And the legislation wouldn't just penalize animal activists - whistleblowers, including regular workers, could also be found liable for documenting labor issues or food safety violations. Essentially, the bill could give agricultural operations license to operate without any public accountability.
"Animal cruelty is standard practice in the meat and dairy industries," Meier said. "These are the exact truths that happen behind closed doors that the industry ... does not want the American public to see."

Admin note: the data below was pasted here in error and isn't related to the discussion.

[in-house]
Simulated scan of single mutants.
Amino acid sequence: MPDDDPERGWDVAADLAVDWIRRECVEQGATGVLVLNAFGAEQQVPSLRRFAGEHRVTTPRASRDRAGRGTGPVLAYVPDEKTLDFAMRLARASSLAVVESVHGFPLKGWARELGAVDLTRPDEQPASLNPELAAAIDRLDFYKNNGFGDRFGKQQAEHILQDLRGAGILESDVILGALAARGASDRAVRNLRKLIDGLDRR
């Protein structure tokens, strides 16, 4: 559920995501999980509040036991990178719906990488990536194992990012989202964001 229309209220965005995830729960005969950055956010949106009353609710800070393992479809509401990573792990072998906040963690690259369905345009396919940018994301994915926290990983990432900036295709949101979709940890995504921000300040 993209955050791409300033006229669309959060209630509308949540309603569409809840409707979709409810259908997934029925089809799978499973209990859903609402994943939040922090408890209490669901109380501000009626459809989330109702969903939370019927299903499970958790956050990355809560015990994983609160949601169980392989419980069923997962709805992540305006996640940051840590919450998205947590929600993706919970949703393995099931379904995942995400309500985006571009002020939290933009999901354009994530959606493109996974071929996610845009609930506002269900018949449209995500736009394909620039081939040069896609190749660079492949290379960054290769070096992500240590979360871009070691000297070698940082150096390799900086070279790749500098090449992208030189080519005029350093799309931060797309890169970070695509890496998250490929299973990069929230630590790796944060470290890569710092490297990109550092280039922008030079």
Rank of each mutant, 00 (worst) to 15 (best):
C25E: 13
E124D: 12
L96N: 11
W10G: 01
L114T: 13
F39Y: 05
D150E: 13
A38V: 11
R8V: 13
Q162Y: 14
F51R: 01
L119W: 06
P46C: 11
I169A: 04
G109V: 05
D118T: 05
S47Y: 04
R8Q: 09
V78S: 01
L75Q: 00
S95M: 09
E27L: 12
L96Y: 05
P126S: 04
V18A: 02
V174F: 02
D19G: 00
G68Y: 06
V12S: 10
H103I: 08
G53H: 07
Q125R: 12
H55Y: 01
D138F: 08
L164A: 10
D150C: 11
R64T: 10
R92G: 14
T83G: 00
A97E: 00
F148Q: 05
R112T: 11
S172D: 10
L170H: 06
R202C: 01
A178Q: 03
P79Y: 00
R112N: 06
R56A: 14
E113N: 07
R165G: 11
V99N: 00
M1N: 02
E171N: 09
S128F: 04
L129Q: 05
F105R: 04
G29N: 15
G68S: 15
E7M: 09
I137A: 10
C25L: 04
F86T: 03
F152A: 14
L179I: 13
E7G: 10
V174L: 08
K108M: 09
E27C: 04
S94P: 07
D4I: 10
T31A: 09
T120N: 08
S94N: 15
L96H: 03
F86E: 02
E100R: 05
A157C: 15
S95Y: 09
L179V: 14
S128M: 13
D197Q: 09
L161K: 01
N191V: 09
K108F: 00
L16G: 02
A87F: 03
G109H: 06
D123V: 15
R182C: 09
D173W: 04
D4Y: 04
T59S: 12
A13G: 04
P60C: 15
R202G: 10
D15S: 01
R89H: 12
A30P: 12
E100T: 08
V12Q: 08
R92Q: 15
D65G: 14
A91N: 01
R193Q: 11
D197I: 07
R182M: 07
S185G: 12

This isn't legislators' first attempt at passing an ag-gag law in the state. A similar bill was introduced in North Carolina last year but failed to pass. Compassion Over Killing, as part of a coalition of welfare groups, is calling on North Carolina residents to contact their local congressmen and ask them to vote against the bill.